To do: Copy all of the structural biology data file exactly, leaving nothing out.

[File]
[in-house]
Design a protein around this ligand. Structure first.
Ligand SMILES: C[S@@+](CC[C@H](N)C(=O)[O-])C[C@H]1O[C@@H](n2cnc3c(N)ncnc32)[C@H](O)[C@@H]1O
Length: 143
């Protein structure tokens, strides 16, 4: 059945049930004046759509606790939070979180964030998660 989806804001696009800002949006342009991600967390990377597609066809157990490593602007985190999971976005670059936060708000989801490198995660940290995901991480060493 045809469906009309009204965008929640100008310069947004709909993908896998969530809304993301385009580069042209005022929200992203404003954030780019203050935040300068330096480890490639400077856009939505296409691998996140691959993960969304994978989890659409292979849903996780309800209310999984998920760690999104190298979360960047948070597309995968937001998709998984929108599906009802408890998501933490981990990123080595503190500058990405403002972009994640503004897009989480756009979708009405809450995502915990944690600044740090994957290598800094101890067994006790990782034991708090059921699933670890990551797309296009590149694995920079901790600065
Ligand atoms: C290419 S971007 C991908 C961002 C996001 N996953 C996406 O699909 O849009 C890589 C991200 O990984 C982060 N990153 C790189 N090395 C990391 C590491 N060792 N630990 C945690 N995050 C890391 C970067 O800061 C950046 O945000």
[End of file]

[in-house]
Design a protein around this ligand. Structure first.
Ligand SMILES: C[S@@+](CC[C@H](N)C(=O)[O-])C[C@H]1O[C@@H](n2cnc3c(N)ncnc32)[C@H](O)[C@@H]1O
Length: 143
């Protein structure tokens, strides 16, 4: 059945049930004046759509606790939070979180964030998660 989806804001696009800002949006342009991600967390990377597609066809157990490593602007985190999971976005670059936060708000989801490198995660940290995901991480060493 045809469906009309009204965008929640100008310069947004709909993908896998969530809304993301385009580069042209005022929200992203404003954030780019203050935040300068330096480890490639400077856009939505296409691998996140691959993960969304994978989890659409292979849903996780309800209310999984998920760690999104190298979360960047948070597309995968937001998709998984929108599906009802408890998501933490981990990123080595503190500058990405403002972009994640503004897009989480756009979708009405809450995502915990944690600044740090994957290598800094101890067994006790990782034991708090059921699933670890990551797309296009590149694995920079901790600065
Ligand atoms: C290419 S971007 C991908 C961002 C996001 N996953 C996406 O699909 O849009 C890589 C991200 O990984 C982060 N990153 C790189 N090395 C990391 C590491 N060792 N630990 C945690 N995050 C890391 C970067 O800061 C950046 O945000």